Short-term insurance coverage is not only confusing to consumers, it's leaving many patients with higher out-of-pocket costs, according to a new study.
After spending one hour reading over a short-term benefits plan, many people were left unsure of the plan’s basic benefit standards, cost-sharing parameters, preexisting condition guarantees and other features, according to a recent study (PDF) from the National Association of Insurance Commissioners (NAIC).
The study comes as there's signs enrollment in such plans is on the rise, following a Trump administration order that expanded their length from three months to 12 months.
“There's no comprehensive source of data on enrollment in short-term plans but anecdotal evidence suggests that enrollment is increasing. I'm referring to data from web brokers like eHealth and insurers like Health Insurance Innovations,” Katie Keith, a part-time research faculty member for the Center on Health Insurance Reforms at Georgetown University’s Policy Institute, told FierceHealthcare.“Improved data is something the NAIC is working on—one of the committees is currently in the process of finalizing a ‘data call’ to get more information about the sale of short-term plans in each state.”
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While comprehensive data have yet to be compiled, one web broker reported 70% of its customers who did not qualify for subsidies enrolled in a short-term policy, up from 56% in the same period in 2017. Another insurer reported a 24% increase in the months sold for its short-term plans just in the first few months of 2019, according to NAIC.
A second concern for NAIC is a January 2019 study revealing that brokers are aggressively pushing short-term plans to the point that consumers seeking Affordable Care Act plans are finding far more results for these short-term options. In fact, many of these short-term plans are being marketed through out-of-state associations that are exempt from in-state regulations, the study found.
NAIC, with help from Kleimann Communication Group, created a test for consumers to see whether they could understand a short-term plan. Results showed that few consumers understood the concept—some thought it was a supplemental policy to cover medical bills.
“Our study showed that many consumers still did not understand even after spending an hour looking at the information. This confusion, coupled with concerns about aggressive marketing, makes me deeply concerned that at least some consumers are inadvertently enrolling in short-term plans without understanding the limitations,” Keith said.
And many of the consumers who did not understand the plan assumed it had the same coverage as ACA, including benefits such as maternity care and prescription drug coverage. More importantly, many people did not realize the short-term plan did not cover preexisting conditions and lacked comprehensive coverage. In addition, many patients found the language in the pamphlet difficult to understand.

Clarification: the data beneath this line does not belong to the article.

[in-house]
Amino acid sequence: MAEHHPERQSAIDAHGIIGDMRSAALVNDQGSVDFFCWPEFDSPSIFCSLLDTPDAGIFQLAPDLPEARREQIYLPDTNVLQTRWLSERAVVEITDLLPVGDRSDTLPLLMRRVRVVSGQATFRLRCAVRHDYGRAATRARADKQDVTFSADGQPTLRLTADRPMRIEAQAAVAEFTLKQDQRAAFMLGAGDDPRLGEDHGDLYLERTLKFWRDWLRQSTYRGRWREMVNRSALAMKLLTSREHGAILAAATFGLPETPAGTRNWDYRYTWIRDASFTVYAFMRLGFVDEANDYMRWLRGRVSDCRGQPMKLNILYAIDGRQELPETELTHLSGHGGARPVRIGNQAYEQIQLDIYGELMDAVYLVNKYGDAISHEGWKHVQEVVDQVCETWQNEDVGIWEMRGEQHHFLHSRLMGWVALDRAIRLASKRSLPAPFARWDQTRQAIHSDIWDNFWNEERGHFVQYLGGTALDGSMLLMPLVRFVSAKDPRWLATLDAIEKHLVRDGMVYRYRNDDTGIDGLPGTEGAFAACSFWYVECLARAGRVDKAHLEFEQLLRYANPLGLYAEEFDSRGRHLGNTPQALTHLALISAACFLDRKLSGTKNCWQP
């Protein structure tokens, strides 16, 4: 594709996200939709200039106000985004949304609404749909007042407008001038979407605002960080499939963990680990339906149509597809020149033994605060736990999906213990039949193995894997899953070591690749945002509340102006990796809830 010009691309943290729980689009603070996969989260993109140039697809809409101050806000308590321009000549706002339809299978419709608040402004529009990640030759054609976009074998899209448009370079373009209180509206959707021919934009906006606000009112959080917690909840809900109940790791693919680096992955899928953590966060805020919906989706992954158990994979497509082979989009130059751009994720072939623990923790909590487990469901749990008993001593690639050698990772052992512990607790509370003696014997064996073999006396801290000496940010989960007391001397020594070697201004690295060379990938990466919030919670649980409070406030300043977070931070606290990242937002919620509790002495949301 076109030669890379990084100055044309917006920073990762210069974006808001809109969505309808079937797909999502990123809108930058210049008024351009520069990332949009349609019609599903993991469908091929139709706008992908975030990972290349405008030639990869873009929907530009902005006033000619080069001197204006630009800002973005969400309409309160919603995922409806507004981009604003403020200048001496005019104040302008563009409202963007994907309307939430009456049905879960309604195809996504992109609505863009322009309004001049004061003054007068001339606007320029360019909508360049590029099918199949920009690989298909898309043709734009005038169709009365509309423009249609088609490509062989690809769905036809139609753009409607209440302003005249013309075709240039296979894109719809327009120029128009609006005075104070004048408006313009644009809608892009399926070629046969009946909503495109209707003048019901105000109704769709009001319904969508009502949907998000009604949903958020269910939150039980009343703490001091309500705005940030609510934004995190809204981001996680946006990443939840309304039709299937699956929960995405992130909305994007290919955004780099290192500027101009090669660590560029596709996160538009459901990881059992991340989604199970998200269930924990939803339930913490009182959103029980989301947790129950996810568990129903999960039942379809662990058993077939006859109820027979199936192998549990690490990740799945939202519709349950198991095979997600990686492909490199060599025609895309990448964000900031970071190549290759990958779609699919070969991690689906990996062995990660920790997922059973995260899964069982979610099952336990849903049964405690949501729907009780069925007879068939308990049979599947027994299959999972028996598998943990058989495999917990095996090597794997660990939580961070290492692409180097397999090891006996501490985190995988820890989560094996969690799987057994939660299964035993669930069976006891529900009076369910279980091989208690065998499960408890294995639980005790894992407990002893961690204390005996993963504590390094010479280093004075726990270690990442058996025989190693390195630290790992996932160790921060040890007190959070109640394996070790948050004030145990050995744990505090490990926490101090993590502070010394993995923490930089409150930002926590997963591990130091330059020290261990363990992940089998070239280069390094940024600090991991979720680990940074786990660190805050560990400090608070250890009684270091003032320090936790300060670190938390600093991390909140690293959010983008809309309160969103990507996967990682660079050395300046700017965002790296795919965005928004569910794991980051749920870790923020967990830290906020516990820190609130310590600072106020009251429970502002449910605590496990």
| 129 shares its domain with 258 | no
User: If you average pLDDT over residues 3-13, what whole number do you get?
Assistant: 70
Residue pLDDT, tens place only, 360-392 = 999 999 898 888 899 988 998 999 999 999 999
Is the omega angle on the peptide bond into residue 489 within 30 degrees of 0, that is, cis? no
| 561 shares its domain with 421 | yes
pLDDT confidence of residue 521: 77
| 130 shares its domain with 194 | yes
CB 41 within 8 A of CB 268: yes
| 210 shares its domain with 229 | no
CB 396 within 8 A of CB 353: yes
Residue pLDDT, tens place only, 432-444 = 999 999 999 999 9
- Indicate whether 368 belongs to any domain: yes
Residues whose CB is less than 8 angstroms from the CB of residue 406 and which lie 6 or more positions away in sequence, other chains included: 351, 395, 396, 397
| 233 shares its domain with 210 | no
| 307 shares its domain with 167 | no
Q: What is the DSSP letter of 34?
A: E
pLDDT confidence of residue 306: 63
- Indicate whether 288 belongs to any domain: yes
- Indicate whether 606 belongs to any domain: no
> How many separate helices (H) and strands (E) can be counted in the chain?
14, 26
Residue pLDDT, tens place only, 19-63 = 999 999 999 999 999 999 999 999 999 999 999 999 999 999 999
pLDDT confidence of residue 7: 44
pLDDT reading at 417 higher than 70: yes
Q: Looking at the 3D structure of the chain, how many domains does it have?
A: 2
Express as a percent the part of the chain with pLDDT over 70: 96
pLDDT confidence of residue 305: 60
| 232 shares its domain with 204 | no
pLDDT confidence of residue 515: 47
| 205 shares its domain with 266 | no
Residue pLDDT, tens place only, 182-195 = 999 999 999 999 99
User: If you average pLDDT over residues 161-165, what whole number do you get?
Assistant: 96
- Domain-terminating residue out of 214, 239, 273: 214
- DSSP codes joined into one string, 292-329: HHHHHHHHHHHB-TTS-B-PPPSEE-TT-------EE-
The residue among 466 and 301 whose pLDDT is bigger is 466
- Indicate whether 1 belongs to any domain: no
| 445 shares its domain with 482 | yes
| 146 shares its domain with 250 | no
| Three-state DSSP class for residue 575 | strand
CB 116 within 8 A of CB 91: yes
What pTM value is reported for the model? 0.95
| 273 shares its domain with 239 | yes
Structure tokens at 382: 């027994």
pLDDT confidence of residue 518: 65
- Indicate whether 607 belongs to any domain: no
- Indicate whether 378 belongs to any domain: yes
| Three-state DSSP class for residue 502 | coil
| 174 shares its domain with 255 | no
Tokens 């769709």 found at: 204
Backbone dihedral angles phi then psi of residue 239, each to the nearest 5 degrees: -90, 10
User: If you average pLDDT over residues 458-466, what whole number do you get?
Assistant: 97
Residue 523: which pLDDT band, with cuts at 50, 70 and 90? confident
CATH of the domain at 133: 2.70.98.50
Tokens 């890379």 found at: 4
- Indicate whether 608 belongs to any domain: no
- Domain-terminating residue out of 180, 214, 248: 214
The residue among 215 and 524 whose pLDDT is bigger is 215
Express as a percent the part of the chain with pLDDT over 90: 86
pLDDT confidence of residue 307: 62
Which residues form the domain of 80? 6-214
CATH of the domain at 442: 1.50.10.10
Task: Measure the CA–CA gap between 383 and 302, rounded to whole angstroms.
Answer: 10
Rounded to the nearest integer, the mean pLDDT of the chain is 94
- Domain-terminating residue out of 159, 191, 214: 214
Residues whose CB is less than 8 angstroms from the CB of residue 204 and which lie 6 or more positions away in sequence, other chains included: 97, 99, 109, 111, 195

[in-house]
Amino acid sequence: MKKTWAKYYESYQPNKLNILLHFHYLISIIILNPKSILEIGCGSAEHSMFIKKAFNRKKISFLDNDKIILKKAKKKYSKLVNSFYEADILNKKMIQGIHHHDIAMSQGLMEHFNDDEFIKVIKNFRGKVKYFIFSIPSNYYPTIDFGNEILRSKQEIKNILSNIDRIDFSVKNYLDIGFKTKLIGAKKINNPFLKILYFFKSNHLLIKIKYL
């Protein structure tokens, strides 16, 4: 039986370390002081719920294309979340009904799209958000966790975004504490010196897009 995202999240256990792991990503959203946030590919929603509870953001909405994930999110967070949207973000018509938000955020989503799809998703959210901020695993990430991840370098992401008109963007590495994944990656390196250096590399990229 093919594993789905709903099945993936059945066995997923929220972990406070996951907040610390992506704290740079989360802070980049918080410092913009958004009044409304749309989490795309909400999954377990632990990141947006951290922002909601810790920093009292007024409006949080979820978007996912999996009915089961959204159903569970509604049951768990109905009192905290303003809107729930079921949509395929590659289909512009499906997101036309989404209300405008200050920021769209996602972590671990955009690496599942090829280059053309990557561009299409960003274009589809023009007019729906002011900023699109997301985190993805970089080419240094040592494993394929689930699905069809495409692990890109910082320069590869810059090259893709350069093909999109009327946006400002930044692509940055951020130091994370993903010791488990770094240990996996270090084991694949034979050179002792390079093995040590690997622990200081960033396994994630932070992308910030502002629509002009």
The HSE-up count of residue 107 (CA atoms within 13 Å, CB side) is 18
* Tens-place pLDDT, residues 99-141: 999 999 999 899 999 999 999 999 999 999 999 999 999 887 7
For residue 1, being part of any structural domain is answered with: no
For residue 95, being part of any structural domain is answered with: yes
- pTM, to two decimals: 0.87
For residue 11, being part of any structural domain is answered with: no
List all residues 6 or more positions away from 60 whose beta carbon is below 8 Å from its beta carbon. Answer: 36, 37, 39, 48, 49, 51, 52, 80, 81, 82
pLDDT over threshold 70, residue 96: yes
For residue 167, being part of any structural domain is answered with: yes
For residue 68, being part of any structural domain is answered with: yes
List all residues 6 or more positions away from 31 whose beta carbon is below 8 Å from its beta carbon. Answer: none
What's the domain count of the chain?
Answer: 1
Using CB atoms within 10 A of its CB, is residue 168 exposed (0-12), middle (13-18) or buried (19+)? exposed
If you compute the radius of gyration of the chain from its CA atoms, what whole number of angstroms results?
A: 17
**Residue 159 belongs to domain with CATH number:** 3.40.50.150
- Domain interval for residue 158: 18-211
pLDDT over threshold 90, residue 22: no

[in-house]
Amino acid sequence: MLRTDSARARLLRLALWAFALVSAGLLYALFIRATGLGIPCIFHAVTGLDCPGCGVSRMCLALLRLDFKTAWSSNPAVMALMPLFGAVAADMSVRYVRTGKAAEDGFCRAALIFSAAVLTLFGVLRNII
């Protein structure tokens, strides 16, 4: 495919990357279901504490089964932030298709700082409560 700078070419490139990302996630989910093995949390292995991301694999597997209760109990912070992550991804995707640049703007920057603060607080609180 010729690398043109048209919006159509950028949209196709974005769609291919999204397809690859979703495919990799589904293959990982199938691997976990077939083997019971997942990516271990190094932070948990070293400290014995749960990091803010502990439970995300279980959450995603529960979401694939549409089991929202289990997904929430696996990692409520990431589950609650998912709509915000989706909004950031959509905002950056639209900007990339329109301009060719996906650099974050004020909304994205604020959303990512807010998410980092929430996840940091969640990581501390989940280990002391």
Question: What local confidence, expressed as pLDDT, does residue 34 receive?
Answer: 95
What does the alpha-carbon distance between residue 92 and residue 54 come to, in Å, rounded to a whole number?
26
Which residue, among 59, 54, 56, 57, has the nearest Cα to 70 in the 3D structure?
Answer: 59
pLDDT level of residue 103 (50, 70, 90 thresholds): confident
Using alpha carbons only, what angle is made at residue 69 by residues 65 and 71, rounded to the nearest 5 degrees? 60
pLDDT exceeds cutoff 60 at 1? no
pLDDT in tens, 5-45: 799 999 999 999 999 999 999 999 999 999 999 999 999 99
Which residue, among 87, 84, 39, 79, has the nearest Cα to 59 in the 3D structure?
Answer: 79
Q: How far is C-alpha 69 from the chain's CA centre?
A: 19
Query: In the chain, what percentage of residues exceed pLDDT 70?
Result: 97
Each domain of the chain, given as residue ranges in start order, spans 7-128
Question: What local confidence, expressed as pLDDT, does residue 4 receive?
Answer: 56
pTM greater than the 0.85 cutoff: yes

“These findings confirm what many stakeholders already know: consumers face significant challenges in understanding the differences between short-term plans and other types of coverage,” the report stated. “This lack of understanding—especially when coupled with concerns about the aggressive marketing of short-term plans—likely result in consumers inadvertently enrolling in short-term plans when doing so may not be appropriate for their health needs or financial situation."
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Disclosures alone did not adequately address or reduce consumer confusion, according to the study. Even after spending a long time looking at the marketing brochure, consumers did not notice the federally mandated short-term plan disclosure. Those participating in the study said the disclosure needs something more noticeable such as a “caution” or “warning” heading.
“But because we know these products are being marketed aggressively online and by phone, we have to have more and better disclosures there too—as well as increased advertising, outreach, and education about ACA policies. Consumers won't be able to make a meaningful choice without having all the information,” Keith said.
Considering these findings, NAIC recommends several policy changes for states to consider:
- Model Regulation 171 should include robust standards for short-term plans and perhaps standardized marketing materials.
- The Market Regulation and Consumer Affairs Committee should expedite approval of its call for data collection on short-term plans.
- Policymakers should further regulate short-term plans by limiting their duration or renewability, applying state health insurance mandates to the coverage and increasing oversight of marketing.
“Given the degree of confusion we saw about these products, the government will need to do more to make sure consumers aren't inadvertently enrolling in short-term plans,” Keith added.